Vid Grid is a great new twist on the puzzle game, especially for fans of the music videos included on the disc. While it may seem nothing more than a publicity stunt to promote the artists (all of whom were signed by Geffen Records at the time of its release), the game would be fun no matter what type of media was used: commercials, movie trailers or even cartoons. It sounds simple, but the game really hooks you with its steadily increasing challenge and surprising amount of depth.
The game begins with nine different still pictures representing the videos. Select the picture of the video you want to solve and you'll be taken to a play screen with the following features: a scrambled video in the center, a clock telling you how much time you have left to solve the puzzle, your name, level and score. You then press "play" to begin the puzzle and use your mouse to unscramble the pieces before the video is over. If you manage to solve it in time, you can have another player try, play it again to beat your time, or choose another video.
There are three mouse "moves" you can use depending on the type of puzzle (each video can be scrambled in different ways): dragging and dropping each piece until it "snaps" into place; sliding the pieces in either a horizontal or vertical direction; and flipping the pieces by using the right mouse button. Puzzle sizes can range from a minimum of nine pieces all the way up to thirty-six. Now here is where things get interesting: the videos can play upside down or have certain pieces inverted! Since one of the puzzle modes is "perfection," where you have to put each piece in exactly the right location or the entire puzzle will scramble, you can see how challenging the game can be. Still too easy? Customize your own puzzle to solve!
As you can imagine, your familiarity with the videos is essential as the puzzles get more complex. Luckily, you can watch them in their entirety before attempting to solve them. There is also a fair amount of strategy involved while playing. The game is structured into five levels, and in order to complete each level, you must solve each video in any sequence you prefer. The catch? The type of puzzle does not change until you solve it. So do you use the Aerosmith video for completing the perfection puzzle, since you're so familar with it? Or do you want to save it for a trickier puzzle type?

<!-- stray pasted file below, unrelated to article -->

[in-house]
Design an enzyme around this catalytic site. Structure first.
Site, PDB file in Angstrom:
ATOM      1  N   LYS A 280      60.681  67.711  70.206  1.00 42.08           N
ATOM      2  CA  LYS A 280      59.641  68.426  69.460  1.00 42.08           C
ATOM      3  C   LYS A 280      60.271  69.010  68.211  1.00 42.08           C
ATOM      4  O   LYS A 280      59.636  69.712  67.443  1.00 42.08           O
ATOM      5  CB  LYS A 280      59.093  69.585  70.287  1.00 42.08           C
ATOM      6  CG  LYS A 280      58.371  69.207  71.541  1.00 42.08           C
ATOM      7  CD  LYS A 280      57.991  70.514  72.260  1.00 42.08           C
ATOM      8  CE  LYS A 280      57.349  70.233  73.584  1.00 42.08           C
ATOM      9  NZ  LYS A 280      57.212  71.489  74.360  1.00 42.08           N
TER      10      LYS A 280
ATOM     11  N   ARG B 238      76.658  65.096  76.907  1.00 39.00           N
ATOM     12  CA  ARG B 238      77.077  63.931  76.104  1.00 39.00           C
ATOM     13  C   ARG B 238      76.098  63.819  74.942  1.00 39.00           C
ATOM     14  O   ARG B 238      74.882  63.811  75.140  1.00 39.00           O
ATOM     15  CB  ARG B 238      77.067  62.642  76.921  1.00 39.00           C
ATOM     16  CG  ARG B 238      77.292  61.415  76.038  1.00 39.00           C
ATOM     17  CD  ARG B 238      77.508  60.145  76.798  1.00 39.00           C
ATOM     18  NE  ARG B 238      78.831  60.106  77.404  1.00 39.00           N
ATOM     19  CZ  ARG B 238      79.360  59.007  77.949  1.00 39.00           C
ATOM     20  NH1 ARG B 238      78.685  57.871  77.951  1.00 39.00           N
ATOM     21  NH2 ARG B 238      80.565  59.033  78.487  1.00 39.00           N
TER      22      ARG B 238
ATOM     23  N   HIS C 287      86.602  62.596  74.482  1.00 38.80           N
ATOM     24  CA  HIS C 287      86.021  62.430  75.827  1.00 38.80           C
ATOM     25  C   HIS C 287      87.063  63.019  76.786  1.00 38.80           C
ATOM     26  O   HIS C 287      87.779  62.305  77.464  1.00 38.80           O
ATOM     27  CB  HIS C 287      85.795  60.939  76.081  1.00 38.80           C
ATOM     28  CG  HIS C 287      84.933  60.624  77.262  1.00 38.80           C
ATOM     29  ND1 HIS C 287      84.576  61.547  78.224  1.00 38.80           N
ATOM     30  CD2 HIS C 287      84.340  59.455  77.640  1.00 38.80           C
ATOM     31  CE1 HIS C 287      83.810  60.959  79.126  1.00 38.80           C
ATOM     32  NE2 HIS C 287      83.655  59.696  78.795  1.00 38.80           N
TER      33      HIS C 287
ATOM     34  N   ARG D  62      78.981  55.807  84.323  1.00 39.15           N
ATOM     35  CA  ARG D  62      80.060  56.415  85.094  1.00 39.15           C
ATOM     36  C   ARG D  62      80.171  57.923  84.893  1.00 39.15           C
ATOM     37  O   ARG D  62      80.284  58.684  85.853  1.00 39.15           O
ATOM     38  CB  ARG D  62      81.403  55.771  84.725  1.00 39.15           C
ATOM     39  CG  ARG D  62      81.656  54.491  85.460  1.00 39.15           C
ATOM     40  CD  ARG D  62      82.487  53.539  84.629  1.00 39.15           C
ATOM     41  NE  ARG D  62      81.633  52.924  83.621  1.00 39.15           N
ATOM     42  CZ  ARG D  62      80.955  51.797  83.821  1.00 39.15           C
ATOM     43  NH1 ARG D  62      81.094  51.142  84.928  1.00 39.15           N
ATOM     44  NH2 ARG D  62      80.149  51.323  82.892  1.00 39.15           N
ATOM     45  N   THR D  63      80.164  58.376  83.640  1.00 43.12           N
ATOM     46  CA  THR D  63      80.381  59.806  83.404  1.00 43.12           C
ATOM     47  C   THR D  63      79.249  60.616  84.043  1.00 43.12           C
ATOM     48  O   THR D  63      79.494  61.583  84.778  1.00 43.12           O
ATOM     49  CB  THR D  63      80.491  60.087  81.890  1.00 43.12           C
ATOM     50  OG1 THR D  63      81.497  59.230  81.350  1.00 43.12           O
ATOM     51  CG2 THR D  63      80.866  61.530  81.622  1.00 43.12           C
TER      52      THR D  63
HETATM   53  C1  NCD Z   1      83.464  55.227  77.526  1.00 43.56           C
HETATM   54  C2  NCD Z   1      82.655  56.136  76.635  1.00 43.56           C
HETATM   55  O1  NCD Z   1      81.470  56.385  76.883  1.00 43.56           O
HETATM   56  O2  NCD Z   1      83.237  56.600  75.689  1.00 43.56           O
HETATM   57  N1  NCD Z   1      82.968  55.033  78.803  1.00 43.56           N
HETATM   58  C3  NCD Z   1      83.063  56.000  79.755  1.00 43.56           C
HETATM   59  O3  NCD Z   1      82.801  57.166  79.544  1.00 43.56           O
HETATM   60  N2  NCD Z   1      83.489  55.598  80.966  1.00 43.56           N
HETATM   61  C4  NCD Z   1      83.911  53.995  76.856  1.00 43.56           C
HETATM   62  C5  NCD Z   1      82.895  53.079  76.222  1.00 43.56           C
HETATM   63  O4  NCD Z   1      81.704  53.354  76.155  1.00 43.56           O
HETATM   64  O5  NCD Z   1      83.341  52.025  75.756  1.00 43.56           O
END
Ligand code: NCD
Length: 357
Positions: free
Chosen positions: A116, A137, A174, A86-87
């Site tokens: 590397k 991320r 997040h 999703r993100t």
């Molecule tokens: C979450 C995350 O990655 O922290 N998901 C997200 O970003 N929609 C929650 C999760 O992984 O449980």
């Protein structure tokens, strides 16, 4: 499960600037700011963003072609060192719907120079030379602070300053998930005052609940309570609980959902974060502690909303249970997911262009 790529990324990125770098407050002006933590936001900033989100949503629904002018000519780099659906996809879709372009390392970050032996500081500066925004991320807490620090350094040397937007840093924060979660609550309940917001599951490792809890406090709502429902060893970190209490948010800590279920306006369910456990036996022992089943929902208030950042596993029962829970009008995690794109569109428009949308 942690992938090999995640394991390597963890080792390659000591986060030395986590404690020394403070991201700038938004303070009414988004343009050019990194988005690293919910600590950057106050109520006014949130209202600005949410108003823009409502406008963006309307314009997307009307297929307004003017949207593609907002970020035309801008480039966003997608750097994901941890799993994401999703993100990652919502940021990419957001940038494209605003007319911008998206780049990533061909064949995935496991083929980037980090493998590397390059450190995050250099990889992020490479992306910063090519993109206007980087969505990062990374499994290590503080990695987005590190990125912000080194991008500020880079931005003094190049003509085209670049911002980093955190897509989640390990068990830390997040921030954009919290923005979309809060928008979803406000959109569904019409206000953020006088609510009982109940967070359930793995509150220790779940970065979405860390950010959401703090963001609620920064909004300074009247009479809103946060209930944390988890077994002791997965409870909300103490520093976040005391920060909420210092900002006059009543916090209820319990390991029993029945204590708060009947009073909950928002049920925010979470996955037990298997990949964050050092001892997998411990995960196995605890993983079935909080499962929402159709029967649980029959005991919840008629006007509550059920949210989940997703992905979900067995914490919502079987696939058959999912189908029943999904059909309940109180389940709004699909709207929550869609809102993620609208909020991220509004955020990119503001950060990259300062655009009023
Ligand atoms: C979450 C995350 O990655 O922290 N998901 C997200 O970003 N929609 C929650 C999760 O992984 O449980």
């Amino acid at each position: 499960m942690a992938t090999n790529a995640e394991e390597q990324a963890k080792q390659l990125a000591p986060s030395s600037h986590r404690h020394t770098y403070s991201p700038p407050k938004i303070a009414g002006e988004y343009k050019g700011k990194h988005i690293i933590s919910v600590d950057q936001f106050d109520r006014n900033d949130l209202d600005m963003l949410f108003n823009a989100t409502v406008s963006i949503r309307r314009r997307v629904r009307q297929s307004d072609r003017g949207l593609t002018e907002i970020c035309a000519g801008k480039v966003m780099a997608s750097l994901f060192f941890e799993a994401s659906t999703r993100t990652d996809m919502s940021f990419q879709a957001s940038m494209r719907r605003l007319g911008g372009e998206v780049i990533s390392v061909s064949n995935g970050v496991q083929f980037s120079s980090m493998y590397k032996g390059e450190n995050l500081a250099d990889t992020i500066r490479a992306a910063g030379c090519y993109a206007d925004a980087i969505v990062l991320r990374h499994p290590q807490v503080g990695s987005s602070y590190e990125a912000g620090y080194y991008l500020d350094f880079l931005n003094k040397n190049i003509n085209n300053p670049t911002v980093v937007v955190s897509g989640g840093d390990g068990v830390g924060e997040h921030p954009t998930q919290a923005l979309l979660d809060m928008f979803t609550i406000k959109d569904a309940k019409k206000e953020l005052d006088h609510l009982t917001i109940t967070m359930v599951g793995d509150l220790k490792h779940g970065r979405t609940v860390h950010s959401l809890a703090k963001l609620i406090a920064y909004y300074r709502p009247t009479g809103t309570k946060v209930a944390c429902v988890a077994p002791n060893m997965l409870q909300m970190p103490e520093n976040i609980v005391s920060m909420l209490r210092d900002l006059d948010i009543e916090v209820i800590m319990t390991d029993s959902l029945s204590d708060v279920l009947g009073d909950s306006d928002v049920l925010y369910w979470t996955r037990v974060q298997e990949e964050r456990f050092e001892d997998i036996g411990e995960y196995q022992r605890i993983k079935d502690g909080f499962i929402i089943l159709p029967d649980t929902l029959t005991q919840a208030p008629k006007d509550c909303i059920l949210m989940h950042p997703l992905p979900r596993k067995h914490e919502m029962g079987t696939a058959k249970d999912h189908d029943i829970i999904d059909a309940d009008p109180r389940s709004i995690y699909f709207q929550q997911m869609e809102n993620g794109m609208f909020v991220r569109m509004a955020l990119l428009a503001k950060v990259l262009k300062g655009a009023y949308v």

The videos also differ in complexity. November Rain is nearly ten minutes in length, so you'll have a lot of time to complete a more difficult puzzle. All of these things must be considered before starting a video! Alas, if there is but one drawback to the game it's that nine videos seems a bit limiting. Plus, many people may not like the style of music. Yet if you enjoy puzzles and love your MTV, Vid Grid is a match made in heaven.
Graphics: The videos do not play on a full screen, and the quality isn't as good as what you'd see on television, but the quality of the videos never get in the way of solving the puzzles. The rest of the menu screens are pretty simple.
Sound: The sound is very well done, but if you don't like the artists you might want to turn the speakers down. Of course, the music can be a clue to certain scenes.
Enjoyment: The only thing holding this game back is having only nine videos. The variety of puzzles is staggering, but I wanted a wider selection of music. Ozzy just doesn't do it for me.
Replay Value: You can customize your own puzzles and the game can be quite challenging. This is a great game to play with a group of people, as it's easy for anyone to jump right in and play. See who can complete the puzzle the fastest!
The rock video moving puzzle game.
Here's a whole new way to play music videos. As you watch each video, the screen is divided into squares that are all mixed-up. You have to unscramble each video while it's playing and before the music ends. It takes just a few minutes to learn, but provides hours of challenging entertainment.
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